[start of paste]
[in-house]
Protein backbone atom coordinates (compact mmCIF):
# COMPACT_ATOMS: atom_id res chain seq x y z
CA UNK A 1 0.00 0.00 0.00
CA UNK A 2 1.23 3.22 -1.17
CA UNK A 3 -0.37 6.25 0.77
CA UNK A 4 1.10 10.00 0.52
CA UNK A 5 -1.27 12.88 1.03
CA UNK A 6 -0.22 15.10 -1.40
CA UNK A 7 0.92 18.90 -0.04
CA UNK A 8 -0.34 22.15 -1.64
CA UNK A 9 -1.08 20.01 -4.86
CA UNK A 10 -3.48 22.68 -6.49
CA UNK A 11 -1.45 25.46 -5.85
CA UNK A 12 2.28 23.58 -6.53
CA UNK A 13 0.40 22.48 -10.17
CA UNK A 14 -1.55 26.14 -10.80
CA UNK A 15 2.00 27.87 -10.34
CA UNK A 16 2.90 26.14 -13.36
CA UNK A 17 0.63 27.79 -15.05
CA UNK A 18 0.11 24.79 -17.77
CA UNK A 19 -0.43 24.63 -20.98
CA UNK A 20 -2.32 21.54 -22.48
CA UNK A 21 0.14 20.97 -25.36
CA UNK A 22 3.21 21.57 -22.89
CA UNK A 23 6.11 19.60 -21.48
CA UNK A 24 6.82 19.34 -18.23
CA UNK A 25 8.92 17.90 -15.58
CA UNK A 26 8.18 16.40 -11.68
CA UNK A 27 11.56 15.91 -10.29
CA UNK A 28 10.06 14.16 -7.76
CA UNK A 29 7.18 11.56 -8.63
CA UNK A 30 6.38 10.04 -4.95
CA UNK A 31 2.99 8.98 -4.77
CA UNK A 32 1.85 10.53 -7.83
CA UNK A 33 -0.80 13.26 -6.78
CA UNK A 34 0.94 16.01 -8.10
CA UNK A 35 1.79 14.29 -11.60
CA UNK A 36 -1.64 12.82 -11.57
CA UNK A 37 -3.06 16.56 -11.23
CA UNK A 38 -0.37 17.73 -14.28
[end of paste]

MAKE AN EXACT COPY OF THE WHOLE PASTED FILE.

[in-house]
Protein backbone atom coordinates (compact mmCIF):
# COMPACT_ATOMS: atom_id res chain seq x y z
CA UNK A 1 0.00 0.00 0.00
CA UNK A 2 1.23 3.22 -1.17
CA UNK A 3 -0.37 6.25 0.77
CA UNK A 4 1.10 10.00 0.52
CA UNK A 5 -1.27 12.88 1.03
CA UNK A 6 -0.22 15.10 -1.40
CA UNK A 7 0.92 18.90 -0.04
CA UNK A 8 -0.34 22.15 -1.64
CA UNK A 9 -1.08 20.01 -4.86
CA UNK A 10 -3.48 22.68 -6.49
CA UNK A 11 -1.45 25.46 -5.85
CA UNK A 12 2.28 23.58 -6.53
CA UNK A 13 0.40 22.48 -10.17
CA UNK A 14 -1.55 26.14 -10.80
CA UNK A 15 2.00 27.87 -10.34
CA UNK A 16 2.90 26.14 -13.36
CA UNK A 17 0.63 27.79 -15.05
CA UNK A 18 0.11 24.79 -17.77
CA UNK A 19 -0.43 24.63 -20.98
CA UNK A 20 -2.32 21.54 -22.48
CA UNK A 21 0.14 20.97 -25.36
CA UNK A 22 3.21 21.57 -22.89
CA UNK A 23 6.11 19.60 -21.48
CA UNK A 24 6.82 19.34 -18.23
CA UNK A 25 8.92 17.90 -15.58
CA UNK A 26 8.18 16.40 -11.68
CA UNK A 27 11.56 15.91 -10.29
CA UNK A 28 10.06 14.16 -7.76
CA UNK A 29 7.18 11.56 -8.63
CA UNK A 30 6.38 10.04 -4.95
CA UNK A 31 2.99 8.98 -4.77
CA UNK A 32 1.85 10.53 -7.83
CA UNK A 33 -0.80 13.26 -6.78
CA UNK A 34 0.94 16.01 -8.10
CA UNK A 35 1.79 14.29 -11.60
CA UNK A 36 -1.64 12.82 -11.57
CA UNK A 37 -3.06 16.56 -11.23
CA UNK A 38 -0.37 17.73 -14.28